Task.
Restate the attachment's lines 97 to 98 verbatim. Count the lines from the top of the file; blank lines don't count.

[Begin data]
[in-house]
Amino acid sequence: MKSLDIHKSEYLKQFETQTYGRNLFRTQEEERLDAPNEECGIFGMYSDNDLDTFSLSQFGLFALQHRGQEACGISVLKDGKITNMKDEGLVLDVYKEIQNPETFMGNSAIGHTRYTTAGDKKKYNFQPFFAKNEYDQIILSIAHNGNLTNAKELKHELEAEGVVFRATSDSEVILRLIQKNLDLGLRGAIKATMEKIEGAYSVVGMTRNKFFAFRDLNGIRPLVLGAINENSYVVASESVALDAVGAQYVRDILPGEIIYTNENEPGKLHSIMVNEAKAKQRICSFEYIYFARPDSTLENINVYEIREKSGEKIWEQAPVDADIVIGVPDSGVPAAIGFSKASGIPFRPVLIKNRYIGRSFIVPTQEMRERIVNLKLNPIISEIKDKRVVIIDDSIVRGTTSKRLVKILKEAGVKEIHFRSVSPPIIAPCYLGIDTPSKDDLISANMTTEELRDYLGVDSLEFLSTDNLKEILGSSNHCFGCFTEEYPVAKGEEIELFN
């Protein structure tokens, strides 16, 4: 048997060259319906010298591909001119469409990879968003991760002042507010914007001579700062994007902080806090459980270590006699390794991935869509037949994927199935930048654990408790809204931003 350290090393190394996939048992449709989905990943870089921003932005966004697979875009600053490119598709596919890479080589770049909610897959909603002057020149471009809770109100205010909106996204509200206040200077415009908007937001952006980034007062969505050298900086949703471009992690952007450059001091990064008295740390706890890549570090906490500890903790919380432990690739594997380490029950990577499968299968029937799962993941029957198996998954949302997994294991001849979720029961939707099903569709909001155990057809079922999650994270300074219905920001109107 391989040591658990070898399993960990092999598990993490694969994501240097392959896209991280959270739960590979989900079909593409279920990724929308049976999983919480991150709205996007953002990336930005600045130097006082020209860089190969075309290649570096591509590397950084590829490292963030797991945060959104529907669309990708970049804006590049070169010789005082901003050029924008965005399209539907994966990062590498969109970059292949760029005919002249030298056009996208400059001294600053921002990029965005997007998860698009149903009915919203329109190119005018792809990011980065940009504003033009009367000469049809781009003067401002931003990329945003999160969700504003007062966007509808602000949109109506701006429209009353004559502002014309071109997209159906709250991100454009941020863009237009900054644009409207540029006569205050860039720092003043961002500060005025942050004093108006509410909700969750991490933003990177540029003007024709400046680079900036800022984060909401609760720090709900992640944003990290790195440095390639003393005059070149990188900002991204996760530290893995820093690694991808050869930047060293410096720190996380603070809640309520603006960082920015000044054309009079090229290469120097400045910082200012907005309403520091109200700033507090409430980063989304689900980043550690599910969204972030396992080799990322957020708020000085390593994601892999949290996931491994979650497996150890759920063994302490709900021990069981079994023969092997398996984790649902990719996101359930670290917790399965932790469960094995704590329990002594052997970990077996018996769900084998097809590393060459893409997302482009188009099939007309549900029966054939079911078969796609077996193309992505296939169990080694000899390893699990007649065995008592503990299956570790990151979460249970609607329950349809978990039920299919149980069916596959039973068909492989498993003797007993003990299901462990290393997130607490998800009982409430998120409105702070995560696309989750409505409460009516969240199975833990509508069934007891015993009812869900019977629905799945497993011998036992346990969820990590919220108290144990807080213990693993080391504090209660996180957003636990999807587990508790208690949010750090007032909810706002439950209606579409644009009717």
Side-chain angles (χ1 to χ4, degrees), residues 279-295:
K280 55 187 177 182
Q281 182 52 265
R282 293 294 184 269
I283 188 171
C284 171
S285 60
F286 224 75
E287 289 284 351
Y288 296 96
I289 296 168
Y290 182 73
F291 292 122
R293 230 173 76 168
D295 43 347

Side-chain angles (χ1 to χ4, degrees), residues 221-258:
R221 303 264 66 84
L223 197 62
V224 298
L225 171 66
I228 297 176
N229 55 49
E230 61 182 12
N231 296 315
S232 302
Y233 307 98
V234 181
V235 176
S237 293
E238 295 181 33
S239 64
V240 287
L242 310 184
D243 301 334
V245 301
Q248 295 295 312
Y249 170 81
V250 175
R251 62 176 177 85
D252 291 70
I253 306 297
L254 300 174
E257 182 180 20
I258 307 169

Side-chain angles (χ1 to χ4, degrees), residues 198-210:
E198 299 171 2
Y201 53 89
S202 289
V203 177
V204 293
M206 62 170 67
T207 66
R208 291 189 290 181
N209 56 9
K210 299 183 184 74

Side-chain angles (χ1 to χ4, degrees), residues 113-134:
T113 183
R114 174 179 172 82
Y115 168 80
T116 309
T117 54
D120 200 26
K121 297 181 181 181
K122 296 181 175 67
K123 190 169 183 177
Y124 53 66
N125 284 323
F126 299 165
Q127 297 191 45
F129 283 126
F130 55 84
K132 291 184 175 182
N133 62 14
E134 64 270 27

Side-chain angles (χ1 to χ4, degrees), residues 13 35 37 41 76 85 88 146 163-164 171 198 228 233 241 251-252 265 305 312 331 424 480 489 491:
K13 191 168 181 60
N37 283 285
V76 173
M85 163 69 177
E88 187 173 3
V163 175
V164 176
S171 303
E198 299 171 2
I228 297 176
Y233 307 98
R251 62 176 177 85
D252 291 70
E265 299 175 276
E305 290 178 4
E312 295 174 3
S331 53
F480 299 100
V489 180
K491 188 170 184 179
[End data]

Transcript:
V489 180
K491 188 170 184 179